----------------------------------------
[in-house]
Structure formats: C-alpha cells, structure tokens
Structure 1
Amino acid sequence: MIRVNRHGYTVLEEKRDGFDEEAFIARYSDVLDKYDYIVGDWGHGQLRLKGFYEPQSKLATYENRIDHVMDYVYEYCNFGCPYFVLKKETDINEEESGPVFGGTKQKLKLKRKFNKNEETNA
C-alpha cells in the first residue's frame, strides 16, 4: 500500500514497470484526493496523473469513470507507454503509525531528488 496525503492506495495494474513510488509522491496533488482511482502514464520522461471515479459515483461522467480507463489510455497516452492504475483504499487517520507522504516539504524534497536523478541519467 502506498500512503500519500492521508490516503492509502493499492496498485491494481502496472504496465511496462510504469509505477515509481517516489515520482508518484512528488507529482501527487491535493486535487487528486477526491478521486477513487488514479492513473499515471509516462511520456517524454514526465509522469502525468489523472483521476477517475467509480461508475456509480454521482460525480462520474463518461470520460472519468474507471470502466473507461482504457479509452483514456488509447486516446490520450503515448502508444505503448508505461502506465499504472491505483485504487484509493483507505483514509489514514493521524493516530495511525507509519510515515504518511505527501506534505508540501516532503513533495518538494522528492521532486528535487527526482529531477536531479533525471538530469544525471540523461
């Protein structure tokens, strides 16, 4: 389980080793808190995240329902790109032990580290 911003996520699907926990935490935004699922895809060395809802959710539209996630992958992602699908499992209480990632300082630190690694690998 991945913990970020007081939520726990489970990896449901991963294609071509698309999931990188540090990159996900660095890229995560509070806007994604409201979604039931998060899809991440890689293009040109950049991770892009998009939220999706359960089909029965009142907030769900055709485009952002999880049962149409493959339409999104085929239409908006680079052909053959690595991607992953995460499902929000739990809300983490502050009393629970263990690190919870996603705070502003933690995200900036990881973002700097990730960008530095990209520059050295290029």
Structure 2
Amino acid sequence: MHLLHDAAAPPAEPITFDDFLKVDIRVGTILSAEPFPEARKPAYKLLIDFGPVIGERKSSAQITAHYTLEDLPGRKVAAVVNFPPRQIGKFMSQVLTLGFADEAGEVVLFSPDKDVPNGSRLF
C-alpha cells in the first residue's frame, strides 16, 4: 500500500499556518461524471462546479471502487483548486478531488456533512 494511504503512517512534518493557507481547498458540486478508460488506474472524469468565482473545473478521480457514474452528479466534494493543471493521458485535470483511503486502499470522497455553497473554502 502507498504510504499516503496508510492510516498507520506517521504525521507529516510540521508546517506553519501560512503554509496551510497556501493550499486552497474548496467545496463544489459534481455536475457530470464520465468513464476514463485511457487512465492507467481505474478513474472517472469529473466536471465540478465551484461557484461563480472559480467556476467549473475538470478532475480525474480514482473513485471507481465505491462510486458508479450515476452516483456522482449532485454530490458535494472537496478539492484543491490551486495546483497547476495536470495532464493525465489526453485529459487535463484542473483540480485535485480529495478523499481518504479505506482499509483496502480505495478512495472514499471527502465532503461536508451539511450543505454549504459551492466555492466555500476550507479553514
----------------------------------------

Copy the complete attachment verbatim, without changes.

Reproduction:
[in-house]
Structure formats: C-alpha cells, structure tokens
Structure 1
Amino acid sequence: MIRVNRHGYTVLEEKRDGFDEEAFIARYSDVLDKYDYIVGDWGHGQLRLKGFYEPQSKLATYENRIDHVMDYVYEYCNFGCPYFVLKKETDINEEESGPVFGGTKQKLKLKRKFNKNEETNA
C-alpha cells in the first residue's frame, strides 16, 4: 500500500514497470484526493496523473469513470507507454503509525531528488 496525503492506495495494474513510488509522491496533488482511482502514464520522461471515479459515483461522467480507463489510455497516452492504475483504499487517520507522504516539504524534497536523478541519467 502506498500512503500519500492521508490516503492509502493499492496498485491494481502496472504496465511496462510504469509505477515509481517516489515520482508518484512528488507529482501527487491535493486535487487528486477526491478521486477513487488514479492513473499515471509516462511520456517524454514526465509522469502525468489523472483521476477517475467509480461508475456509480454521482460525480462520474463518461470520460472519468474507471470502466473507461482504457479509452483514456488509447486516446490520450503515448502508444505503448508505461502506465499504472491505483485504487484509493483507505483514509489514514493521524493516530495511525507509519510515515504518511505527501506534505508540501516532503513533495518538494522528492521532486528535487527526482529531477536531479533525471538530469544525471540523461
């Protein structure tokens, strides 16, 4: 389980080793808190995240329902790109032990580290 911003996520699907926990935490935004699922895809060395809802959710539209996630992958992602699908499992209480990632300082630190690694690998 991945913990970020007081939520726990489970990896449901991963294609071509698309999931990188540090990159996900660095890229995560509070806007994604409201979604039931998060899809991440890689293009040109950049991770892009998009939220999706359960089909029965009142907030769900055709485009952002999880049962149409493959339409999104085929239409908006680079052909053959690595991607992953995460499902929000739990809300983490502050009393629970263990690190919870996603705070502003933690995200900036990881973002700097990730960008530095990209520059050295290029």
Structure 2
Amino acid sequence: MHLLHDAAAPPAEPITFDDFLKVDIRVGTILSAEPFPEARKPAYKLLIDFGPVIGERKSSAQITAHYTLEDLPGRKVAAVVNFPPRQIGKFMSQVLTLGFADEAGEVVLFSPDKDVPNGSRLF
C-alpha cells in the first residue's frame, strides 16, 4: 500500500499556518461524471462546479471502487483548486478531488456533512 494511504503512517512534518493557507481547498458540486478508460488506474472524469468565482473545473478521480457514474452528479466534494493543471493521458485535470483511503486502499470522497455553497473554502 502507498504510504499516503496508510492510516498507520506517521504525521507529516510540521508546517506553519501560512503554509496551510497556501493550499486552497474548496467545496463544489459534481455536475457530470464520465468513464476514463485511457487512465492507467481505474478513474472517472469529473466536471465540478465551484461557484461563480472559480467556476467549473475538470478532475480525474480514482473513485471507481465505491462510486458508479450515476452516483456522482449532485454530490458535494472537496478539492484543491490551486495546483497547476495536470495532464493525465489526453485529459487535463484542473483540480485535485480529495478523499481518504479505506482499509483496502480505495478512495472514499471527502465532503461536508451539511450543505454549504459551492466555492466555500476550507479553514